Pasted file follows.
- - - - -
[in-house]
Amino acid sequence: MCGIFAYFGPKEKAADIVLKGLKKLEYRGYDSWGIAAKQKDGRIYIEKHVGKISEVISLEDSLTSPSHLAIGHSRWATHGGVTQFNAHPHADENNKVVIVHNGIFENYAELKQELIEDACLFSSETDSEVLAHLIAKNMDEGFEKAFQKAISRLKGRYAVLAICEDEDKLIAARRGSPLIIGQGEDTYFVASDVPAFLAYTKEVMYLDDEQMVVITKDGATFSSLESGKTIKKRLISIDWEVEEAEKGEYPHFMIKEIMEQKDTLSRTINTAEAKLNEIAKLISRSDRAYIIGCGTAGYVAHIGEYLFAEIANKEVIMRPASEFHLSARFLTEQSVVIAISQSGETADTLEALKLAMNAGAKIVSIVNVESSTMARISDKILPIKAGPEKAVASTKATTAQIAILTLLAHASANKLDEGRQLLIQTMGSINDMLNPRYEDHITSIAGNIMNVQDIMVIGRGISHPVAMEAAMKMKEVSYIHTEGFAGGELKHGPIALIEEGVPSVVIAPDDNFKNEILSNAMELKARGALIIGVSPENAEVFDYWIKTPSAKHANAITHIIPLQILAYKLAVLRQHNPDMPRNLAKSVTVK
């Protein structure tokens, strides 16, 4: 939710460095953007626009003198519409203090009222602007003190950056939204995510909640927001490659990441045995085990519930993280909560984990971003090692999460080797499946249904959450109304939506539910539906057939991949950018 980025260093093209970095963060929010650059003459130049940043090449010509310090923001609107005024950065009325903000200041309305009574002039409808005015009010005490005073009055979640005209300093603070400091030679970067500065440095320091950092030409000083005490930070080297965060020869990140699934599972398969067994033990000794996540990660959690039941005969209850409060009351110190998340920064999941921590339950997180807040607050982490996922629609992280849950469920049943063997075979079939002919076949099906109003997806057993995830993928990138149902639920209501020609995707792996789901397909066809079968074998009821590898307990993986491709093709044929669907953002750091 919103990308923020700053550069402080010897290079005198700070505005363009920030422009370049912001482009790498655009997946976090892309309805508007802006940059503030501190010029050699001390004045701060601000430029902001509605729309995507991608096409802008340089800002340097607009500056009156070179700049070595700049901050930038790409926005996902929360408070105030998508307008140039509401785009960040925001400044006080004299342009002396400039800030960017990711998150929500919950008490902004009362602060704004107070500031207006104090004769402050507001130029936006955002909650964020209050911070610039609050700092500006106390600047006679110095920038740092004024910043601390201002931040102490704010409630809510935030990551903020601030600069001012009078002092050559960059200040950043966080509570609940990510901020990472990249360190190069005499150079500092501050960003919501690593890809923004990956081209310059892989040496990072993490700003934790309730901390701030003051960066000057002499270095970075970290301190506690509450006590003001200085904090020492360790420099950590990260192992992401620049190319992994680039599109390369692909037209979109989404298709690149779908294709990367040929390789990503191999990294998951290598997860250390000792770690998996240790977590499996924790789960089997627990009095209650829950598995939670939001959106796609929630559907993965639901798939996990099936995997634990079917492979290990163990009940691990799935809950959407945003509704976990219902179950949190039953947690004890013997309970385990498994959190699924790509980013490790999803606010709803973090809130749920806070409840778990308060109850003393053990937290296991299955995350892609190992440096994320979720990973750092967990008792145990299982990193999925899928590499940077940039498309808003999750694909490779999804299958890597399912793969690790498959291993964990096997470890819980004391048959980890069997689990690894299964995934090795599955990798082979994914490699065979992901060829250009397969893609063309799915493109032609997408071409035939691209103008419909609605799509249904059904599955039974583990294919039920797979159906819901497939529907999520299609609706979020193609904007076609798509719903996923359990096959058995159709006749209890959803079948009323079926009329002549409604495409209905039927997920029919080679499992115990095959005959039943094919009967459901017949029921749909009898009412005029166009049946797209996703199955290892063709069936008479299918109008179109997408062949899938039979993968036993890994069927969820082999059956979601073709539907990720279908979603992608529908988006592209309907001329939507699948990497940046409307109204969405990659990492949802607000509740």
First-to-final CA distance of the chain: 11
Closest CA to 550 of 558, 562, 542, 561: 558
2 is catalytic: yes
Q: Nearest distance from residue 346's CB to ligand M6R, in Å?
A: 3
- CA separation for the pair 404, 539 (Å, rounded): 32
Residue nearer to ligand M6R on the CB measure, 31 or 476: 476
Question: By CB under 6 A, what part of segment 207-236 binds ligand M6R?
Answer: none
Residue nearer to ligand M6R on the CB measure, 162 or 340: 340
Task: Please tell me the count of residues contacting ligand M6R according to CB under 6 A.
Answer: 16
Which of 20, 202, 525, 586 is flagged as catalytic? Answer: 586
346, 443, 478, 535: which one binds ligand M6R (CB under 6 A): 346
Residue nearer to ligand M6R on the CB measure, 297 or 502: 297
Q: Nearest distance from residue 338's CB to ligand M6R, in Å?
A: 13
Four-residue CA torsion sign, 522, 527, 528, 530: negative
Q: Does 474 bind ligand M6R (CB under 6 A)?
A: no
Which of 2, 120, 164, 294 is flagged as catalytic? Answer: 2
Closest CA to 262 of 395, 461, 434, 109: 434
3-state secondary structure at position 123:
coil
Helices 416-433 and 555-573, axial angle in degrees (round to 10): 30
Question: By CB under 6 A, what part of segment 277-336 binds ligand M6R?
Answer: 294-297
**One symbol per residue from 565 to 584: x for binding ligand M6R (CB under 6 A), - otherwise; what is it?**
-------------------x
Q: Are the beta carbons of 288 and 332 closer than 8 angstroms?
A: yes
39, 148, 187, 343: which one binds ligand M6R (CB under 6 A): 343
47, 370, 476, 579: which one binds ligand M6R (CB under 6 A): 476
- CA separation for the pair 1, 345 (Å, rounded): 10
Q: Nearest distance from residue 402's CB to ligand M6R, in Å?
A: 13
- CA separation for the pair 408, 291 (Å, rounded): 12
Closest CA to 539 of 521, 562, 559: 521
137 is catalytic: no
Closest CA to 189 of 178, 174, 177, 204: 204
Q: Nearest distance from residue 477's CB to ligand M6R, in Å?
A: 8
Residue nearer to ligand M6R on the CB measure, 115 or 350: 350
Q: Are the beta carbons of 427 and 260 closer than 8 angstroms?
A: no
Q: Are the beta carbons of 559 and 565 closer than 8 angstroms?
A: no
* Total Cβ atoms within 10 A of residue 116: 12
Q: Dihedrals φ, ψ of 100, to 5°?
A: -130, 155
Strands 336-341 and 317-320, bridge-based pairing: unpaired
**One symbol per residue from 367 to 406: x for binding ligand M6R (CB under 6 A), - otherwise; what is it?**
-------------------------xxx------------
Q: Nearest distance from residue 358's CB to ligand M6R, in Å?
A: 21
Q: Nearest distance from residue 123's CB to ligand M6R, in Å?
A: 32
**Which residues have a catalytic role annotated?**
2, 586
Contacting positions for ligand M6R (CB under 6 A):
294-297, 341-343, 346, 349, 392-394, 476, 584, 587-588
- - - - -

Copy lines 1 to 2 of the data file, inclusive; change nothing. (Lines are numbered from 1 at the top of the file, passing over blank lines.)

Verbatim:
[in-house]
Amino acid sequence: MCGIFAYFGPKEKAADIVLKGLKKLEYRGYDSWGIAAKQKDGRIYIEKHVGKISEVISLEDSLTSPSHLAIGHSRWATHGGVTQFNAHPHADENNKVVIVHNGIFENYAELKQELIEDACLFSSETDSEVLAHLIAKNMDEGFEKAFQKAISRLKGRYAVLAICEDEDKLIAARRGSPLIIGQGEDTYFVASDVPAFLAYTKEVMYLDDEQMVVITKDGATFSSLESGKTIKKRLISIDWEVEEAEKGEYPHFMIKEIMEQKDTLSRTINTAEAKLNEIAKLISRSDRAYIIGCGTAGYVAHIGEYLFAEIANKEVIMRPASEFHLSARFLTEQSVVIAISQSGETADTLEALKLAMNAGAKIVSIVNVESSTMARISDKILPIKAGPEKAVASTKATTAQIAILTLLAHASANKLDEGRQLLIQTMGSINDMLNPRYEDHITSIAGNIMNVQDIMVIGRGISHPVAMEAAMKMKEVSYIHTEGFAGGELKHGPIALIEEGVPSVVIAPDDNFKNEILSNAMELKARGALIIGVSPENAEVFDYWIKTPSAKHANAITHIIPLQILAYKLAVLRQHNPDMPRNLAKSVTVK